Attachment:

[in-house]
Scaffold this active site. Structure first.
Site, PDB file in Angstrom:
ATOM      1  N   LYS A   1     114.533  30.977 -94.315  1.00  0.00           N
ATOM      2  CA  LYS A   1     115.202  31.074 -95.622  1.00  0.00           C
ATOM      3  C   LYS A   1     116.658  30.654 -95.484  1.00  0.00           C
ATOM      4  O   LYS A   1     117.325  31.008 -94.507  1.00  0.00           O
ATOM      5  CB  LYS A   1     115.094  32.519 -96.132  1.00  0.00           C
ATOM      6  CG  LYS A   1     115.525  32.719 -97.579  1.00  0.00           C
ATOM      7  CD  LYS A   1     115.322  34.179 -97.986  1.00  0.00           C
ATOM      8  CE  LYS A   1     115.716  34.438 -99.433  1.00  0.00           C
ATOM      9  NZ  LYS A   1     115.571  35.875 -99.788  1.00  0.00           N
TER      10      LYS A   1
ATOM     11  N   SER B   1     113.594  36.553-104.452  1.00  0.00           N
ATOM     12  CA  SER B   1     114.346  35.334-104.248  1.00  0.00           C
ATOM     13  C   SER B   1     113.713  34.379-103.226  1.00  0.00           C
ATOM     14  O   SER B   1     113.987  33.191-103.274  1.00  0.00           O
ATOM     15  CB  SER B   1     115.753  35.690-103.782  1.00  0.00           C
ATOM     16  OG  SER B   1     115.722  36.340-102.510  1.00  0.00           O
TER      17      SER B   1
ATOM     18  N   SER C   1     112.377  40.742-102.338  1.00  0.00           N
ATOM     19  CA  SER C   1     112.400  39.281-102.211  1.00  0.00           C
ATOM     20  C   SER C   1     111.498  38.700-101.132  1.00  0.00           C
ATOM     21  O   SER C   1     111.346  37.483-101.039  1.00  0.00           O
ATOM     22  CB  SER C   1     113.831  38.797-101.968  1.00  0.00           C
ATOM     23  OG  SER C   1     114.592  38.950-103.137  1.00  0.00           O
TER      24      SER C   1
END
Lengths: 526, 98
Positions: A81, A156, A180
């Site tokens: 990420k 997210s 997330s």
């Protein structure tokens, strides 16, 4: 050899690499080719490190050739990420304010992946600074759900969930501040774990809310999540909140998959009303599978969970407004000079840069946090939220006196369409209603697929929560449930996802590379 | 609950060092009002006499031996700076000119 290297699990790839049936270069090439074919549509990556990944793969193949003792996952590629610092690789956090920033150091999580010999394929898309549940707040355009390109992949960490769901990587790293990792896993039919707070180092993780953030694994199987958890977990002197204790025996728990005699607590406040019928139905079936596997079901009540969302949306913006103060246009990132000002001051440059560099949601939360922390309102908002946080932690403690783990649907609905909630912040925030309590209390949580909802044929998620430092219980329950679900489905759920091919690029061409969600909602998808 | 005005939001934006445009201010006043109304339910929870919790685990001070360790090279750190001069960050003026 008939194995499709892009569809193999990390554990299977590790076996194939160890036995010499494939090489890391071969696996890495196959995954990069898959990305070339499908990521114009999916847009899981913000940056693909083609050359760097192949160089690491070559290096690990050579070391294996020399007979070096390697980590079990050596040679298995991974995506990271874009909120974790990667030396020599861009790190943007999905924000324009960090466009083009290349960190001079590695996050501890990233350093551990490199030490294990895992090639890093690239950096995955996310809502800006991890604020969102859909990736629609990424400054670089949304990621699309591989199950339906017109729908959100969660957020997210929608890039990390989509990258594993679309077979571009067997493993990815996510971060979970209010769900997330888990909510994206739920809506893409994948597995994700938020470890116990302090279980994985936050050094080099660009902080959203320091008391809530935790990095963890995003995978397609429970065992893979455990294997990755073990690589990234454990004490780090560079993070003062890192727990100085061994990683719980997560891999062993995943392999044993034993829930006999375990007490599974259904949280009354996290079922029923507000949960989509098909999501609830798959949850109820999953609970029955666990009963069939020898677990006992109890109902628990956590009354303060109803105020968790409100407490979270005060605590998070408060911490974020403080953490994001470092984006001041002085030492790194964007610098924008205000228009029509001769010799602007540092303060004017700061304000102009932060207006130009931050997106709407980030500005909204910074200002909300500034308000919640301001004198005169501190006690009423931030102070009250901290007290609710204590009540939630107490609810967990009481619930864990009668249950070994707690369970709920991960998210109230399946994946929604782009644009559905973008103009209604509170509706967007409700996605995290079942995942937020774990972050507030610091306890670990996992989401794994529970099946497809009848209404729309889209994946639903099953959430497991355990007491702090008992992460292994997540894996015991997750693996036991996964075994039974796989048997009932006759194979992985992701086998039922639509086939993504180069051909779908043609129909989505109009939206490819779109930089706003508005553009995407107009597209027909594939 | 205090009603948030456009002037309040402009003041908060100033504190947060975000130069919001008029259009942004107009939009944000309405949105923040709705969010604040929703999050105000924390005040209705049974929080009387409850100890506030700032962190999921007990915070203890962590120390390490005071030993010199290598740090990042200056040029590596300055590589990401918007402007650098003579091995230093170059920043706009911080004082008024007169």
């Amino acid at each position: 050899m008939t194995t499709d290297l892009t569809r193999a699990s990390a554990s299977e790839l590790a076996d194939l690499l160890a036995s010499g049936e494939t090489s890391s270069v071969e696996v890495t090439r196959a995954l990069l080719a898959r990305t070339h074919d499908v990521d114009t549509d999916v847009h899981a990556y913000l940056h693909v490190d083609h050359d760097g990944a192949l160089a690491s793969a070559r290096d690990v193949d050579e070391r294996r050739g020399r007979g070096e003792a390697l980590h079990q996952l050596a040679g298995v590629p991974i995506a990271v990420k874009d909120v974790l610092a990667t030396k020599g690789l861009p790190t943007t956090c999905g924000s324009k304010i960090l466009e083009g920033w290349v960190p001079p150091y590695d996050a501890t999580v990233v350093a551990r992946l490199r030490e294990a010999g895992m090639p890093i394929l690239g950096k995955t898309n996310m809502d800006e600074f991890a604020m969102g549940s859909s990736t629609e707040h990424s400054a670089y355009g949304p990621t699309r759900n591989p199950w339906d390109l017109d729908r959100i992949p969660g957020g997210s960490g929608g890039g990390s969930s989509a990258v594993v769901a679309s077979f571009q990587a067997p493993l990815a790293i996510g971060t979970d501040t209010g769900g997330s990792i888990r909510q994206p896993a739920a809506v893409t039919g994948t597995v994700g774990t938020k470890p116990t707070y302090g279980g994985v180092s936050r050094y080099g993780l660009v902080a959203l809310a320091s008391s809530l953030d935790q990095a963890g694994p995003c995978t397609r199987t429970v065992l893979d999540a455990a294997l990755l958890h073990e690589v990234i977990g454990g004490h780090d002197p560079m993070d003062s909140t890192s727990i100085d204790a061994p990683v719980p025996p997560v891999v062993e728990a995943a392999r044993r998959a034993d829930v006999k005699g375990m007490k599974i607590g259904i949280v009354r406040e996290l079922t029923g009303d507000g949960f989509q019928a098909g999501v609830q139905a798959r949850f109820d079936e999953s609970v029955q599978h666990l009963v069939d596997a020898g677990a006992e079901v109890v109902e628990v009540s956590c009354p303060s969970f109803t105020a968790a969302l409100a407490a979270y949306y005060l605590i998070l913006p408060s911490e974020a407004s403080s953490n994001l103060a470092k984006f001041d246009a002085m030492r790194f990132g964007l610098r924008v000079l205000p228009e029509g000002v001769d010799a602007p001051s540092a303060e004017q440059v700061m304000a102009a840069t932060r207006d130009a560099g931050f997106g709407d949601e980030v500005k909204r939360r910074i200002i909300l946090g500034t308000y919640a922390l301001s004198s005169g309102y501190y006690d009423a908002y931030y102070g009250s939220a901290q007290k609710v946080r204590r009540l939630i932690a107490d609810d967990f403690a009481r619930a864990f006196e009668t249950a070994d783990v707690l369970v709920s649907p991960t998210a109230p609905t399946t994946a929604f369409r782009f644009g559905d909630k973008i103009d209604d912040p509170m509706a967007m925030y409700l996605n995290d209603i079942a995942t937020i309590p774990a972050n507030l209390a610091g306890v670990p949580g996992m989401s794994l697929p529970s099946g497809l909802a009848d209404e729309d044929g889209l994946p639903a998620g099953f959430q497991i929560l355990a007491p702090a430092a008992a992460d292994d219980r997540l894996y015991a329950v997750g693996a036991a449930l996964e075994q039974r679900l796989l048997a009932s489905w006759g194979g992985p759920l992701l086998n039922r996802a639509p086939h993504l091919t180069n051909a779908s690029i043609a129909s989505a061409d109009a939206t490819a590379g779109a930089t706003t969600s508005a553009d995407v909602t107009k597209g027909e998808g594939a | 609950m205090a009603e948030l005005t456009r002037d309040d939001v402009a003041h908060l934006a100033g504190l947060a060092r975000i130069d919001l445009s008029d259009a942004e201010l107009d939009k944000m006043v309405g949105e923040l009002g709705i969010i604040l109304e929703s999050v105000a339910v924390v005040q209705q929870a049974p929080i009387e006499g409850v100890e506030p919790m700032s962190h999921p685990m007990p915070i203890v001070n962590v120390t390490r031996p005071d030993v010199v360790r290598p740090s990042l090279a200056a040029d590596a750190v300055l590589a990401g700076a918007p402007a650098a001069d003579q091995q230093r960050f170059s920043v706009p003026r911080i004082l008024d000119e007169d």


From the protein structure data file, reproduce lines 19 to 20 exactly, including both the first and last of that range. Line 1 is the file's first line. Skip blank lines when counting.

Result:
ATOM     16  OG  SER B   1     115.722  36.340-102.510  1.00  0.00           O
TER      17      SER B   1